Still, they see the administration as having turned a deaf ear to their concerns. And even though Obama talked about giving “special care to people and communities” affected by the clean energy transition during his Georgetown University climate speech last year, Appalachians feel forgotten.
“We really haven’t seen any direct evidence of that,” Cross said. “It does not seem like the administration has delivered on that explicit promise.”
The long-standing Appalachian Regional Commission has since 2010 been working with other federal agencies to coordinate efforts at boosting the area’s economy. In Congress, Reps. David McKinley (R-W.Va.) and Peter Welch (D-Vt.) are pushing legislation to aid displaced miners.
In Kentucky last year, a bipartisan group of politicians launched the Shaping Our Appalachian Region (SOAR) initiative. And in West Virginia, lawmakers are touting the Southern Coalfields Organizing and Revitalizing the Economy (SCORE) effort.
But regulations, not diversifying the economy, have been the main focus on the campaign trail, particularly among Republican candidates.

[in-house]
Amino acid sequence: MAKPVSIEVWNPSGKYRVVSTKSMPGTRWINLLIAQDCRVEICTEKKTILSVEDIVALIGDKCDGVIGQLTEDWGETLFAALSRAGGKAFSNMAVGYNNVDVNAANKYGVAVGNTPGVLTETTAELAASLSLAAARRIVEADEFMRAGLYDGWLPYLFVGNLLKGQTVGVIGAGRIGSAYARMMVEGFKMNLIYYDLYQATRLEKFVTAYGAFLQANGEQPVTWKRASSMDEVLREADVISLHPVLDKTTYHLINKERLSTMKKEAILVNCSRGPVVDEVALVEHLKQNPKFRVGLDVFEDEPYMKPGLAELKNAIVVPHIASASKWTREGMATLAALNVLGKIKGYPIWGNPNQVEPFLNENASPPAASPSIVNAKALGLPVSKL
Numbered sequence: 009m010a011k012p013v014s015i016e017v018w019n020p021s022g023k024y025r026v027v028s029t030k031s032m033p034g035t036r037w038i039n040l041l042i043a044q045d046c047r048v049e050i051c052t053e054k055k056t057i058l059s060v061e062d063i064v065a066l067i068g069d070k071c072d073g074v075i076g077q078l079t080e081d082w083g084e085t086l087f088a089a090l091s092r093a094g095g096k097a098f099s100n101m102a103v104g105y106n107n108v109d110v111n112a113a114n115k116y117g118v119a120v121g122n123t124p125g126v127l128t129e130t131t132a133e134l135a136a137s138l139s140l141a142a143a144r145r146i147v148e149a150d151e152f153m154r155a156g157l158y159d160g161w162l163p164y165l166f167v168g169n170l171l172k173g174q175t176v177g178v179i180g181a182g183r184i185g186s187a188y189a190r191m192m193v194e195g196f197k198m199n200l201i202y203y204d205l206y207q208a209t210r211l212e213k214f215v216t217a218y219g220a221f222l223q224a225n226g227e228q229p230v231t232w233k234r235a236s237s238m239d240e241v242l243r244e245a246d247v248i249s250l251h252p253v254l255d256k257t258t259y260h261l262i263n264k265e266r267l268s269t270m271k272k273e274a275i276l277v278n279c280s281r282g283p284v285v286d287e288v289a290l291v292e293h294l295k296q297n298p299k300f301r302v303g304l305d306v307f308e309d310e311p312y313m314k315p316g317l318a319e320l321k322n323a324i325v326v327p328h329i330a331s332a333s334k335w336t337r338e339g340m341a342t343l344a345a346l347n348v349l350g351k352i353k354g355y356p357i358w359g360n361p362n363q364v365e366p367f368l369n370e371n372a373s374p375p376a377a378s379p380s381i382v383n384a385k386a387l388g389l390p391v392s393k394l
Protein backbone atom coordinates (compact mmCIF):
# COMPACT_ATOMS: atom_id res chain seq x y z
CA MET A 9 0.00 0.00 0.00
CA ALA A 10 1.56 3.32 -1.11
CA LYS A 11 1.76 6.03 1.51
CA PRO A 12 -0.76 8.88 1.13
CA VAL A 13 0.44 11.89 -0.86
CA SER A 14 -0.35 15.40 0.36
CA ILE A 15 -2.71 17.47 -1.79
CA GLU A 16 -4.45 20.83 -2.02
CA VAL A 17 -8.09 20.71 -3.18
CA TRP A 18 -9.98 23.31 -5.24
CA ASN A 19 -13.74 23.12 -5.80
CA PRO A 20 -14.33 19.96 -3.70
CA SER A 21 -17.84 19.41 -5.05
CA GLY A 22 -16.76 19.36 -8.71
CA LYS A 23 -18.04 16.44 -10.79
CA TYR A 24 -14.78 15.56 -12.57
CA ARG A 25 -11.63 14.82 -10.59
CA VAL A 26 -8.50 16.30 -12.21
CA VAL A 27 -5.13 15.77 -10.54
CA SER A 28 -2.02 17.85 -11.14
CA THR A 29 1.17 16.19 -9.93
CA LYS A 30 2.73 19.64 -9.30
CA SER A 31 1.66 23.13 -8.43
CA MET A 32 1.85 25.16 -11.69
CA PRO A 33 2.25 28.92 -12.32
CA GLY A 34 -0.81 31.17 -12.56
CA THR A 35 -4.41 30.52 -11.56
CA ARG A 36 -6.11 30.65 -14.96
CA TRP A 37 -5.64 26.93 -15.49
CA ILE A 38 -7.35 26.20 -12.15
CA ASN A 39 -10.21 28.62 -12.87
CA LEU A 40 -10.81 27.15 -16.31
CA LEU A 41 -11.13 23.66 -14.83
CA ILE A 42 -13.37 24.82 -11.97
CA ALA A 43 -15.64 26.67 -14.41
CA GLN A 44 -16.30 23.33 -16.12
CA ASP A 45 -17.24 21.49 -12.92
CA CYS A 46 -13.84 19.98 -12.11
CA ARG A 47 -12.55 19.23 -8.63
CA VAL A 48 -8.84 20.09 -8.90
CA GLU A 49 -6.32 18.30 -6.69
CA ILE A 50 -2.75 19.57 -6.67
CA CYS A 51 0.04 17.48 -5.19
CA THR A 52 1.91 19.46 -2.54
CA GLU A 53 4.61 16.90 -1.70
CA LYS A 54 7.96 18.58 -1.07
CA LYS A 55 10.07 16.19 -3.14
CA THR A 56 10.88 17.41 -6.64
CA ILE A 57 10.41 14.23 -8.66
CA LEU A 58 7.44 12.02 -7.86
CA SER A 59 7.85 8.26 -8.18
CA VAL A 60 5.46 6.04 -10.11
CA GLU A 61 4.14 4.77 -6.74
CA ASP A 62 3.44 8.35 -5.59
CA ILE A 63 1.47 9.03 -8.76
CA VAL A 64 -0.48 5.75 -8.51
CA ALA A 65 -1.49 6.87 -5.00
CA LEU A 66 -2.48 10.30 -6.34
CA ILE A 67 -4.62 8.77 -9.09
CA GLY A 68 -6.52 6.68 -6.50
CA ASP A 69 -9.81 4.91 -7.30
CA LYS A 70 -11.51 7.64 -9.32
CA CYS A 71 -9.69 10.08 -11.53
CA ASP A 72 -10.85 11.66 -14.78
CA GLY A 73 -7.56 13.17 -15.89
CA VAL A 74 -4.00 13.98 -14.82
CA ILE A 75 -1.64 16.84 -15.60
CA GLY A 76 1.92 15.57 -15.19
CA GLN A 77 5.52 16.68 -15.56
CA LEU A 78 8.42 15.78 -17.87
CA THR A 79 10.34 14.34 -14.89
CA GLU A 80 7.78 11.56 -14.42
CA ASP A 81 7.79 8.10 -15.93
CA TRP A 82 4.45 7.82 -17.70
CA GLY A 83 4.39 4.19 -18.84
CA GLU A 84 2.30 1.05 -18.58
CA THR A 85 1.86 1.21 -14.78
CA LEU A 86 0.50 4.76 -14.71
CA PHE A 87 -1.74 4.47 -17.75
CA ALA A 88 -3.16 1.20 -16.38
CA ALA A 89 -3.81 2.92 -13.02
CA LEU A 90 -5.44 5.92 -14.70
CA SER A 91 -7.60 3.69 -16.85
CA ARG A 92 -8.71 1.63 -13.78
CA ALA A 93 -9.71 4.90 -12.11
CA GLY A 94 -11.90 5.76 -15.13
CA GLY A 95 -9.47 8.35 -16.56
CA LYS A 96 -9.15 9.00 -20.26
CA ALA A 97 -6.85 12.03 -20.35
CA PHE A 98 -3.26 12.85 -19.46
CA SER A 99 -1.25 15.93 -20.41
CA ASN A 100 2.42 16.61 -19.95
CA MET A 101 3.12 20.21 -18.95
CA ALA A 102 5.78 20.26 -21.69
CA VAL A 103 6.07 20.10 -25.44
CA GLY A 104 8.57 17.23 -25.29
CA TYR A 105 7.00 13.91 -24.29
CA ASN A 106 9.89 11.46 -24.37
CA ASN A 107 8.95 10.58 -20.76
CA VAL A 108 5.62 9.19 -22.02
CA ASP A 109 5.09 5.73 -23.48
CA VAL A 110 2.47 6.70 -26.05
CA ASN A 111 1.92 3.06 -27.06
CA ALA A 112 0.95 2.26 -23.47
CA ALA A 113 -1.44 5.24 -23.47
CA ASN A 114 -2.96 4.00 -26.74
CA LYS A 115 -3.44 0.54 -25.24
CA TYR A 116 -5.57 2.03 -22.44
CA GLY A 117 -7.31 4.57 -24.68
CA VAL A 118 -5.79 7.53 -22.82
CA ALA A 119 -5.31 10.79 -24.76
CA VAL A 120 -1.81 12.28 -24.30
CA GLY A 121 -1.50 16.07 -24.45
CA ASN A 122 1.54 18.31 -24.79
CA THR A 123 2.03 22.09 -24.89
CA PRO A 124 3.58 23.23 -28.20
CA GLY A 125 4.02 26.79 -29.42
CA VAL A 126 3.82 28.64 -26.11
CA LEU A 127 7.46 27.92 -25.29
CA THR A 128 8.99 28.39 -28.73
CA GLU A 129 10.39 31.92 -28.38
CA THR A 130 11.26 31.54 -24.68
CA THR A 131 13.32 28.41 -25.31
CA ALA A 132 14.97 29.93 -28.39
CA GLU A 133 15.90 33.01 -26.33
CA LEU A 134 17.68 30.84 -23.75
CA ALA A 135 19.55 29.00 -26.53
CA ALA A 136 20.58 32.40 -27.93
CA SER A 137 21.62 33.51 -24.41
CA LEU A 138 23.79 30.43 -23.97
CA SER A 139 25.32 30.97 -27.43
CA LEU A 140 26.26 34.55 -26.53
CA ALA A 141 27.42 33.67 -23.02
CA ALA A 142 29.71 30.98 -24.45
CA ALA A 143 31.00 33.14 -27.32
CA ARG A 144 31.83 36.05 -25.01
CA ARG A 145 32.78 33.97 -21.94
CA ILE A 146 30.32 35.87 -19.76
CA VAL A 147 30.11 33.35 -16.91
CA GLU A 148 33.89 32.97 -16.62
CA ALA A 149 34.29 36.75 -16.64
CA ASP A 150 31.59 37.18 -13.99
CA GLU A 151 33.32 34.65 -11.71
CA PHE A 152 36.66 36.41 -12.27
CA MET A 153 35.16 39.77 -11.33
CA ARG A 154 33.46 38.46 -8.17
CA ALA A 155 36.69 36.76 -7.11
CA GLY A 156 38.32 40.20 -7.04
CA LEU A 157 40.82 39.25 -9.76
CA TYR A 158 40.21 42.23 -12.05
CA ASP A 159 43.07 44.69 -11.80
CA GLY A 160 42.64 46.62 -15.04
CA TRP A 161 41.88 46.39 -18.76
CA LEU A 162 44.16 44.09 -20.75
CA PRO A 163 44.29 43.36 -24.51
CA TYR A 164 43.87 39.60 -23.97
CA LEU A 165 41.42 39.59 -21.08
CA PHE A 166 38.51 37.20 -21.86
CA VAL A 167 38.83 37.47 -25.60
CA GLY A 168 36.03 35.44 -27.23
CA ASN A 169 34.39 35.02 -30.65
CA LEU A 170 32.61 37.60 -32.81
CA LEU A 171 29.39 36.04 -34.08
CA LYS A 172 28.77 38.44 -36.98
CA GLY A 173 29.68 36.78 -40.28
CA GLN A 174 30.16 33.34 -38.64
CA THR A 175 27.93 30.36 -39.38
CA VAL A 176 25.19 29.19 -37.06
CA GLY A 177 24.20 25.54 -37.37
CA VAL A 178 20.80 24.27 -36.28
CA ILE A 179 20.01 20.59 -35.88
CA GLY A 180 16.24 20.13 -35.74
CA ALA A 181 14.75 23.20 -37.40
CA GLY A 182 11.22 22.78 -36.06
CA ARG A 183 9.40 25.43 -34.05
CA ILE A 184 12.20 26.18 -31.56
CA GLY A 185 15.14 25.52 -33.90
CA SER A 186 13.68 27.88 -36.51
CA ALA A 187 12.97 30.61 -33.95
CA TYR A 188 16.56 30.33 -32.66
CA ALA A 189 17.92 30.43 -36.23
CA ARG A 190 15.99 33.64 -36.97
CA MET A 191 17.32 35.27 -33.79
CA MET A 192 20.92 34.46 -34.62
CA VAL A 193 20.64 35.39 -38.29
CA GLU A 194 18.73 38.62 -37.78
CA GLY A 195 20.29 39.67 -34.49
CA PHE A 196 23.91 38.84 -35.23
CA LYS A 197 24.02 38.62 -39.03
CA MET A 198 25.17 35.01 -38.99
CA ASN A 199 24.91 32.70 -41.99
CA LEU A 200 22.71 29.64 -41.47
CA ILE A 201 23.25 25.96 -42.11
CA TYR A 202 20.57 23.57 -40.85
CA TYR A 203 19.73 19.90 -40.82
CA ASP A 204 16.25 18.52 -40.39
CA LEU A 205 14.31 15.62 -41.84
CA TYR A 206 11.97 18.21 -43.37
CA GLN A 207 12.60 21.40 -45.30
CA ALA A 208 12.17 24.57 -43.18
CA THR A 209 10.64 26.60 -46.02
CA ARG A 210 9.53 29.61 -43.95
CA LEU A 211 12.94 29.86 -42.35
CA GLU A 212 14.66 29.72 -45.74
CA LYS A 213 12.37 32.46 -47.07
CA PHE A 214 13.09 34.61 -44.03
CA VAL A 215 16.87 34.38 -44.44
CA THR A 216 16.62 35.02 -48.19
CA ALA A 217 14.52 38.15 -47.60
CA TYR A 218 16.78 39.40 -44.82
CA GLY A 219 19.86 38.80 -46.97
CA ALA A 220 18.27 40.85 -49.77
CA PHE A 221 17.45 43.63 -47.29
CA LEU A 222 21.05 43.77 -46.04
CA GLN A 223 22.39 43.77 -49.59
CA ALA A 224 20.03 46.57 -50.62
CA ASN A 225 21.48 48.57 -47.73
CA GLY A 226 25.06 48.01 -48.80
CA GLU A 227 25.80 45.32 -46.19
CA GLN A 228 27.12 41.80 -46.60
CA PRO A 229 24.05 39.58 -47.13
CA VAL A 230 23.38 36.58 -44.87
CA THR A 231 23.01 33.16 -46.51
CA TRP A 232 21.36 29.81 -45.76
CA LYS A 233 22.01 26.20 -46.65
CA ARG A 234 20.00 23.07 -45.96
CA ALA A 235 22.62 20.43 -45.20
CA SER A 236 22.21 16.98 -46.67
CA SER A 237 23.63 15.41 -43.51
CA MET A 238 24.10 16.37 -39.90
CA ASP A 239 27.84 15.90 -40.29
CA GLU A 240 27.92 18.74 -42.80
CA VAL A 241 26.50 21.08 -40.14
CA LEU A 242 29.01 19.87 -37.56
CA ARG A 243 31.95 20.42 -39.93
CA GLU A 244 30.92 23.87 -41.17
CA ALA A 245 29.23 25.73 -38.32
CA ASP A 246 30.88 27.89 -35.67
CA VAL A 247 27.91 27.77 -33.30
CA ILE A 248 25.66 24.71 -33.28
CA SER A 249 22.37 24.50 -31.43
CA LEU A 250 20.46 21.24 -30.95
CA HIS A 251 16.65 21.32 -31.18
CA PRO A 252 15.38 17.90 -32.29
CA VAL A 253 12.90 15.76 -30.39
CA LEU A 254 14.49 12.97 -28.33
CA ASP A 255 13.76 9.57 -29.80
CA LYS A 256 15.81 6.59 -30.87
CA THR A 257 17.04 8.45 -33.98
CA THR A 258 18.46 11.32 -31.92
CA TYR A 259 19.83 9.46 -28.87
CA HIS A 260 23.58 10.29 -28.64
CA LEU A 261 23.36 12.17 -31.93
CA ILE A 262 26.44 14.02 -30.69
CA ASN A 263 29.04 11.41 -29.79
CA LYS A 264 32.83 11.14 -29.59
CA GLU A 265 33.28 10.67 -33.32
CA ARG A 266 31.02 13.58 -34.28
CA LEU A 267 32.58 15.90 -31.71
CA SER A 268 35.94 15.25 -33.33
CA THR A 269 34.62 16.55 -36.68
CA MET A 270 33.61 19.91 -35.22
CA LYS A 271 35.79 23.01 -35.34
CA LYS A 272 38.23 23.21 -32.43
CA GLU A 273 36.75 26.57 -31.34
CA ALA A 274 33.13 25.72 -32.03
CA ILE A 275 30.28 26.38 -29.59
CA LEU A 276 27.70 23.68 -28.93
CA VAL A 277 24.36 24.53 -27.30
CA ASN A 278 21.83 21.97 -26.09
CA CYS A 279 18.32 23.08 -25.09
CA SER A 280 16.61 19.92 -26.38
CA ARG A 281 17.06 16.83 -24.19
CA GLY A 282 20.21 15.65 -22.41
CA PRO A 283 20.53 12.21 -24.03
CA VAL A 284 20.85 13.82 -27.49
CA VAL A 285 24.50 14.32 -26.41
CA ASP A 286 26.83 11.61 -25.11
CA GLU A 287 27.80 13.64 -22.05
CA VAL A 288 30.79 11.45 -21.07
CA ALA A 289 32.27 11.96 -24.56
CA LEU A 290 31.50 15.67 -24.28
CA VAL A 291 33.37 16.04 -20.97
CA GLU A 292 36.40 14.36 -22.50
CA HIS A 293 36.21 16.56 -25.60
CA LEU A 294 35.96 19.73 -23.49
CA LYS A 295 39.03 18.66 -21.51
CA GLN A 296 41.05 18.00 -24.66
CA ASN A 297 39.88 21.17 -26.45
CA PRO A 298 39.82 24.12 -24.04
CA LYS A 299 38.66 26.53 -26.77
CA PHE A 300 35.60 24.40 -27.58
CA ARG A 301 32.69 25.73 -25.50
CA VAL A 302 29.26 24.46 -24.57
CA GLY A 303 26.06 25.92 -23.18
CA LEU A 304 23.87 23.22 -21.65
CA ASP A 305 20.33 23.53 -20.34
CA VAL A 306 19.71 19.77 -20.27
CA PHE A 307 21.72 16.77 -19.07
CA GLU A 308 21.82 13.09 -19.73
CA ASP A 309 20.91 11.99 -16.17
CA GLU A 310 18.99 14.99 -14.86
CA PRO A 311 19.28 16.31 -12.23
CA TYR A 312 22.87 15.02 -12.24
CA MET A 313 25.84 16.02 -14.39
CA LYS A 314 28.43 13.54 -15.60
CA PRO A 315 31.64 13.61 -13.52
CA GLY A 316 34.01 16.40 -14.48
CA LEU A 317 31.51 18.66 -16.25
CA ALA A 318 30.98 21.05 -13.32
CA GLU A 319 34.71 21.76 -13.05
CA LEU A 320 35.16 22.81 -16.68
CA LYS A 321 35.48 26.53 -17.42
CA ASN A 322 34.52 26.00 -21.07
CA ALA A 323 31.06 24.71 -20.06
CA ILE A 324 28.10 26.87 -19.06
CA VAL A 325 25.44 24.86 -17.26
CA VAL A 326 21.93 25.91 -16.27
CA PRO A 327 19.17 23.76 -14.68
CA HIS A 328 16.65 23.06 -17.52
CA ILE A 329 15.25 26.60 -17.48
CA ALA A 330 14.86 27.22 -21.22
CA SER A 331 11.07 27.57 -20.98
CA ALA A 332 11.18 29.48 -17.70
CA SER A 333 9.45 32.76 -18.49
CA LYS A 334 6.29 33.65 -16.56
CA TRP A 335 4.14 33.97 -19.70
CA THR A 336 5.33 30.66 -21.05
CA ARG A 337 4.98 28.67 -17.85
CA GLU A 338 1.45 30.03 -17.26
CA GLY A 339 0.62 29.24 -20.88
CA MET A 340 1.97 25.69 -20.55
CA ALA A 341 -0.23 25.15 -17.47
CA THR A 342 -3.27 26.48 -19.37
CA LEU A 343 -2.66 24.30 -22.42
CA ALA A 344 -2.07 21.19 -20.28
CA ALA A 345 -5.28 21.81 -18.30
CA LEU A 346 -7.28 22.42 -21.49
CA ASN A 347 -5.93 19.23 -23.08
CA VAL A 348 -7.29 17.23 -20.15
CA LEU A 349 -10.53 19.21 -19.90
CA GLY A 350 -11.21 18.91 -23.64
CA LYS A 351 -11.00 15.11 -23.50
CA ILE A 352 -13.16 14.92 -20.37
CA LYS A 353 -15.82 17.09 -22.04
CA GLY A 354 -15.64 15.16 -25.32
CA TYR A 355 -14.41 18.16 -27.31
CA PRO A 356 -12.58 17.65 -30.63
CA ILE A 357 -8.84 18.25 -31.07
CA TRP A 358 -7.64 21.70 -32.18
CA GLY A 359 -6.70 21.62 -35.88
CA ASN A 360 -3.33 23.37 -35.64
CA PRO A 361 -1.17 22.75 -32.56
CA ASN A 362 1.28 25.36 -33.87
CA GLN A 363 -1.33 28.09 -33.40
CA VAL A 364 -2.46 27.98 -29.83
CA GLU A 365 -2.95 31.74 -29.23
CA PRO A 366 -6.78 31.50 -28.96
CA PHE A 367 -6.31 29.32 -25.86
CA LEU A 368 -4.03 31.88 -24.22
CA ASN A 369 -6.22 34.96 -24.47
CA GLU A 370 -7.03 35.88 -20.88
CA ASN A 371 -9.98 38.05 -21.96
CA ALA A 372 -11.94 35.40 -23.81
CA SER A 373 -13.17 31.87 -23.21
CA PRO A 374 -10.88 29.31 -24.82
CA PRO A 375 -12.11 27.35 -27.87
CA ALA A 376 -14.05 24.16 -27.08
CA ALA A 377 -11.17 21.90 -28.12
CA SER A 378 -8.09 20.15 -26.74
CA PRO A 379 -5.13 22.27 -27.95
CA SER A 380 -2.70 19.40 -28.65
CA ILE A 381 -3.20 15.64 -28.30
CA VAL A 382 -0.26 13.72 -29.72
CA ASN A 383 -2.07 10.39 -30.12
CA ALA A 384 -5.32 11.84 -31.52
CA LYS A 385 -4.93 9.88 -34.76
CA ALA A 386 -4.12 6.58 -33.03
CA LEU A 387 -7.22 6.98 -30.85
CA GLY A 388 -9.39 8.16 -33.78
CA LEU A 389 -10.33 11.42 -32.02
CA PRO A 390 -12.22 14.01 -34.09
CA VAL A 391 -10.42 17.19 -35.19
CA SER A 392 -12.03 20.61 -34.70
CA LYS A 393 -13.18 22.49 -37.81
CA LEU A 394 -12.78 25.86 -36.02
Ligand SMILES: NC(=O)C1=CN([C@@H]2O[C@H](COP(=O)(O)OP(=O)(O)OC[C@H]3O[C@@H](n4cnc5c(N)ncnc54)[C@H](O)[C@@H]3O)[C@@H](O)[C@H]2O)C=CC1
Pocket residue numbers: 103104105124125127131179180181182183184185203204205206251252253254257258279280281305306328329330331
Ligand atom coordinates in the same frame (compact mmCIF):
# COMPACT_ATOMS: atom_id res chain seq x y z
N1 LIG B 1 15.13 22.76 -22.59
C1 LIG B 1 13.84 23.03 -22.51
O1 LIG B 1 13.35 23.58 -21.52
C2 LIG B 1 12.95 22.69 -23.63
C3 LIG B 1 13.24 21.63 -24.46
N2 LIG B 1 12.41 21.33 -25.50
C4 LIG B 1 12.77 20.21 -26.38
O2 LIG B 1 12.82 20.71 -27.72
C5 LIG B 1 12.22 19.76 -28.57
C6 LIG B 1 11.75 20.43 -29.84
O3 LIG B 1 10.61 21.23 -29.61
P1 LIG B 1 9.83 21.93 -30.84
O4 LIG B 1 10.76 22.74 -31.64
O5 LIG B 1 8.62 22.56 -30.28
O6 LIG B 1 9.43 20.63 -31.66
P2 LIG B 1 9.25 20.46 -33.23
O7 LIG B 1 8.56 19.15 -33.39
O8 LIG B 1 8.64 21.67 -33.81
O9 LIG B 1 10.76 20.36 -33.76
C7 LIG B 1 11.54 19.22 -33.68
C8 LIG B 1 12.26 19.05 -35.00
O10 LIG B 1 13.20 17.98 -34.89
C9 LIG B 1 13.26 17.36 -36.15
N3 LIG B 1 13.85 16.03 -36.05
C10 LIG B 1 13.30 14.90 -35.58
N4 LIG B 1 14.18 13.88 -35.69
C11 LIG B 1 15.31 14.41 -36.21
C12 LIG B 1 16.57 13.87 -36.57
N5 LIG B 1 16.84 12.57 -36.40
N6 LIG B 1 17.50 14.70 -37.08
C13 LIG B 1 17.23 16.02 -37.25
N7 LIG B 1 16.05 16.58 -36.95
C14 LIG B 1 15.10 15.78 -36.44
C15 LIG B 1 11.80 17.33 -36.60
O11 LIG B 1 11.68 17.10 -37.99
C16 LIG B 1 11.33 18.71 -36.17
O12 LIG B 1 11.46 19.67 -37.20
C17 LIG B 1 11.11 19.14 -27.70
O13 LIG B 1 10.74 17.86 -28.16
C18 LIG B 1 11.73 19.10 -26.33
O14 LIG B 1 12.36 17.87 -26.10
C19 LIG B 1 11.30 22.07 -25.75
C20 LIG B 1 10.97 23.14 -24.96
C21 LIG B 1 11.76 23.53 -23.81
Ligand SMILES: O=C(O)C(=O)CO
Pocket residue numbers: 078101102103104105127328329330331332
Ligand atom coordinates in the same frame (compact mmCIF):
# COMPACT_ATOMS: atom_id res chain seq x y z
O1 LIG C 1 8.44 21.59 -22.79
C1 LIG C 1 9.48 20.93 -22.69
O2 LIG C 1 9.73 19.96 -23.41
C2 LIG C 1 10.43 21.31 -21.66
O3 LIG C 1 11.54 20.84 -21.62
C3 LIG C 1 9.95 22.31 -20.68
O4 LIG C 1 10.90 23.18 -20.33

Speaking to a roomful of community and business leaders at the posh Griffin Gate Marriott Hotel in Lexington last week, McConnell said, “We have a depression here in eastern Kentucky.” The Senate’s GOP leader said turning back Obama administration regulations was at the “top of my list.”
And speaking at a packed rally in rural Estill County, about an hour’s drive away from Lexington, Grimes stressed a point she’s had to repeat numerous times: “Barack Obama is not on the ballot, it’s Alison Lundergan Grimes.”
Fifth District Rep. Hal Rogers (R) has long represented Kentucky’s eastern coal field counties — and his district gave Obama a stunningly low 23 percent of the vote in 2012. The neighboring 6th District, which includes Lexington and Estill, was in Democratic hands between 2004 and 2013, and Obama took 42 percent there two years ago.
But even though the area is far from most of the eastern mines, the coal debate helped new GOP Rep. Andy Barr grab the district last cycle. Estill, which has more registered Democrats than Republicans, favored Barr by a significant margin.
GOP close to taking W.Va. House
Kentucky is a divided state. Most of its congressional delegation is Republican. So is the state Senate. But the House and the governor’s mansion are in Democratic hands.
In neighboring West Virginia, the GOP rise is a more recent trend. During the 1990s the state’s entire congressional delegation was Democratic.
Unless current momentum shifts, Republicans are likely to see Rep. Shelley Moore Capito (R) replace retiring Sen. Jay Rockefeller (D), and former Maryland state Sen. Alex Mooney (R) replace Capito in the 2nd District.